A gas exploration program Hungary's MOL is involved in with partners in the Makó trough is not as promising as hoped at the start, CEO Zsolt Hernádi said in an interview published on the website of business weekly HVG.
“The full-scale assessment of the final results has not been closed yet.... This is an unconventional exploration program, requiring professional and technological solutions unlike our usual practice. The gas is there, we have known that for thirty years. The problem is we do not know how to bring it up to the surface and whether it is worthwhile to bring it up,” Hernádi told HVG. “If the decision is to not bring it up for the moment, it does not mean we will never bring it up, only that we must not yet do it with the current technology and in today's market climate.”
MOL is involved in the program with ExxonMobil and Denver-based Falcon Oil and Gas. Falcon said at the beginning of November that the initial work program, which involved a $50 million commitment by ExxonMobil and MOL, had been completed.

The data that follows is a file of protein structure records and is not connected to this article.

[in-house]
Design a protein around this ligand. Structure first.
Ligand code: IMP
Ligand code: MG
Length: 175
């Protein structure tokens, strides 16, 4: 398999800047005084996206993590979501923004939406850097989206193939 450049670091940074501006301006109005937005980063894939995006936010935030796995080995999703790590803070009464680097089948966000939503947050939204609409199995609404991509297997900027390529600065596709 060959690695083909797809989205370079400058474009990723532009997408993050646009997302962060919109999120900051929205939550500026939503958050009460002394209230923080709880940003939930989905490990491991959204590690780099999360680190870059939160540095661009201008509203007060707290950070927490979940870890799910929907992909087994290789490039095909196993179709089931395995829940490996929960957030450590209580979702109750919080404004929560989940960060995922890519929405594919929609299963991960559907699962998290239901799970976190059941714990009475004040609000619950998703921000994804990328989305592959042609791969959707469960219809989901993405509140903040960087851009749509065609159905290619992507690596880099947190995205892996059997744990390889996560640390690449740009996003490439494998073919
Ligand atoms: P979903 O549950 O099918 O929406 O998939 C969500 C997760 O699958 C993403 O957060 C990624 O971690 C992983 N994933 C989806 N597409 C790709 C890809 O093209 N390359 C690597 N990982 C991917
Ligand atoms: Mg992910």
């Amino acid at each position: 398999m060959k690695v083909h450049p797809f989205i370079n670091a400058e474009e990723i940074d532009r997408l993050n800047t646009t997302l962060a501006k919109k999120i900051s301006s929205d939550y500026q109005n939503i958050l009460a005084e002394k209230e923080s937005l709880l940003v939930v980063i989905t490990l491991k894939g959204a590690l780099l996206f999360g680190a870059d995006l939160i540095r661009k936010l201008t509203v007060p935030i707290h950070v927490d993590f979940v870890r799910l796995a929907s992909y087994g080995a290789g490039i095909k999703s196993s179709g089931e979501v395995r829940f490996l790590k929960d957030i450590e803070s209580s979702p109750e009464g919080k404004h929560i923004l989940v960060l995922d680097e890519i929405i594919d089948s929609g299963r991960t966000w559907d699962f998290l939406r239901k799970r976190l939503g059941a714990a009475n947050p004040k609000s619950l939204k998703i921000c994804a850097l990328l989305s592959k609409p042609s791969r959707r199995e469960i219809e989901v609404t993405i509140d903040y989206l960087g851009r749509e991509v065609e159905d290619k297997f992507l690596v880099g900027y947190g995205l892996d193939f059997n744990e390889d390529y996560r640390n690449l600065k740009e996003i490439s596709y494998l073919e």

Hernádi said MOL would not swap its stake in its Croatian unit INA for Russian peer Surgutneftegas's MOL shares.
German business daily Handelsblatt reported earlier that Surgutneftegas would part with its MOL shares if it could have MOL's stake in INA.
Surgutneftegas acquired the 21.2% stake in MOL from Austria's OMV at the end of March. MOL's management called the deal unfriendly and Hungary's president expressed concern about the transaction.
MOL raised its stake in INA to 47.2% in a public-purchase offer in the autumn of 2008. The state of Croatia owns 44.8%.
MOL continues to view Surgutneftegas as a financial -- rather than a strategic -- investor, Hernádi told HVG. (MTI –Econews)